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on November 01, 2012
I first tripped across Ash-e Mast several years ago, and decided what the heck I'd give it a try. I've explored many "Middle Eastern" dishes, but at that time no "Persian" cuisine to my knowledge. I have since corrected that omission!!!
That first recipe was nearly identical to this one. I have since made it using this recipe several times (mainly because it's easy to find and the other isn't), but in researching Ash-e Mast over the last few years, I've found there really is no wrong way to make it. I decided there are probably as many recipes for Ash-e Mast as their are grandmothers who make it. I've seen recipes with meat, without meat, with spinach, with legumes, lentils you name it.
I can only conclude that as long as you have the "base ingredients" (yogurt, stock, aromatics and spices) you can call it Ash-e Mast. To date I've only ever tasted my own Ash-e Mast. I'd love to experience someone who "grew up eating" it's version.
One thing about this soup. It is extremely filling and cheap eats! Especially if you start with dried legumes. This soup is one of my "go to" recipes for using up leftovers - meat and veggies. It has become comfort food in our house. It's the new "Chicken Soup" for the body & soul in our family!
Lastly, One Little Deer & Averybird are 100% correct. The only challenge is not curdling the yogurt. In my experience having some fat in the yogurt helps, and starting with warm (room temperature) yogurt as well. I usually pull a stool up to the stove and set my laptop on the counter. I catch up on streaming videos, watching movies, and make all those video/phone calls I keep putting off out of the way while stir the soup. It is a commitment of time, but worth every spoonful.
on January 28, 2012
I have never tried an Iranian dish before now and must tell you I'm hooked. This was unique, exotic, delicious! The soup is creamy with a little tang from the yogurt, and the mix of herbs gives it that Middle Eastern flavor/feel. The chickpeas and white beans add depth. The meatballs add textural contrast and a heartiness to each bite, and also prevent the tanginess of the creamy base from overpowering the dish. My favorite part though was the topping of garlic and mint in a little butter! Yum! Do NOT leave this out, it adds so much! I used whole-milk yogurt in this dish (don't know if it matters) and did indeed make sure to constantly stir the soup to prevent curdling as instructed. That is probably the key point to note, if you make this soup be sure you or someone else can be at the pot stirring it until its done. This dish might be a little exotic for some tastes, but if you like Indian food or other Middle Eastern type cuisine then I'll bet this would be right up your alley. Thanks for sharing a great family recipe with us One Little Deer! [Made for Bargain Basement Tag]people found this review Helpful. You can only vote others' reviews helpful or not helpful... Was this review helpful to you? Yes | No We don't know who you are. Sign in or create an account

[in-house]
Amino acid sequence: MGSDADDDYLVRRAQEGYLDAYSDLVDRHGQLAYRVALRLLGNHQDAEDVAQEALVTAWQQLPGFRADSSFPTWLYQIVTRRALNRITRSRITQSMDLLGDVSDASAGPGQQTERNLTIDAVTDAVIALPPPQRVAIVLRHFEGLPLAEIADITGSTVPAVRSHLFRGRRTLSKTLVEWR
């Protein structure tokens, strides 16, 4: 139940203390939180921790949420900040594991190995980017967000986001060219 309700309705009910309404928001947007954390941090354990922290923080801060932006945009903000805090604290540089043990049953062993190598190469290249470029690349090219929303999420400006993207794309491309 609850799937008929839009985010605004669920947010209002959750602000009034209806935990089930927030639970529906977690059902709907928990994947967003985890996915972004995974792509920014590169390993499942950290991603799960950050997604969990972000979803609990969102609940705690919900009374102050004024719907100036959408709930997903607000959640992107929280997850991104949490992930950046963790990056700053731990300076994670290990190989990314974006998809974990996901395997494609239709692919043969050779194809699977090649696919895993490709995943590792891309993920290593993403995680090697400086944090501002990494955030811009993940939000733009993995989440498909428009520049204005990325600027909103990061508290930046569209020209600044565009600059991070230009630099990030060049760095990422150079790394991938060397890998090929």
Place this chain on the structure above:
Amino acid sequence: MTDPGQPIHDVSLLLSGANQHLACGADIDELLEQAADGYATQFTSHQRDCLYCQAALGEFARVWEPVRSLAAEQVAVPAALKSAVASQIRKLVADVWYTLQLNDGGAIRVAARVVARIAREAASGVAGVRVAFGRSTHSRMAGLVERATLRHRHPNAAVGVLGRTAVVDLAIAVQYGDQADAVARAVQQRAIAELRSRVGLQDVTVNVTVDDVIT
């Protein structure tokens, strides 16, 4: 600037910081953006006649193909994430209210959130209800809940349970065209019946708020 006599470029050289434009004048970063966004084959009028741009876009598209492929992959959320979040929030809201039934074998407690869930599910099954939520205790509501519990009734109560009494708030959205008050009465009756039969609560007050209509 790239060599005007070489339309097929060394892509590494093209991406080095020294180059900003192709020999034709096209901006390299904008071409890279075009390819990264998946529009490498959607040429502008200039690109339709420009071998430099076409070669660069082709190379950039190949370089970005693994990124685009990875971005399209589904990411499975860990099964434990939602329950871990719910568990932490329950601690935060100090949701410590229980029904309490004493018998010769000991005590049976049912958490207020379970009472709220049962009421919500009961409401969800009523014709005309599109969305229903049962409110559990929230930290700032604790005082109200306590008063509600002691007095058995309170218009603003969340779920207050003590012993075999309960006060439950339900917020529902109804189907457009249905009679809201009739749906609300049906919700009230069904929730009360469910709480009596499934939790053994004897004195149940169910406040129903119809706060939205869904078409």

By texasgal #3
on July 24, 2009
Ash-e -reshte does not contain ground beef. You eather cook it in water or beef broth. I have never seen joghurt in this soup. You serve it with kashk ( whey) as a dollop on top with fried dried mint and fried chopped garlic. There is also no egg in that soup. You forgot red beans ,lentils and chick peas. Trust me that soup is always served at special religous gatherings and I have cooked it a lot and eaten a lot from many, many housewifes.I will try to post my mother in laws and my recipe on this web site, do not know if that requires premium member ship.people found this review Helpful. You can only vote others' reviews helpful or not helpful... Was this review helpful to you? Yes | No We don't know who you are. Sign in or create an account
Serving Size: 1 (433 g)
Servings Per Recipe: 6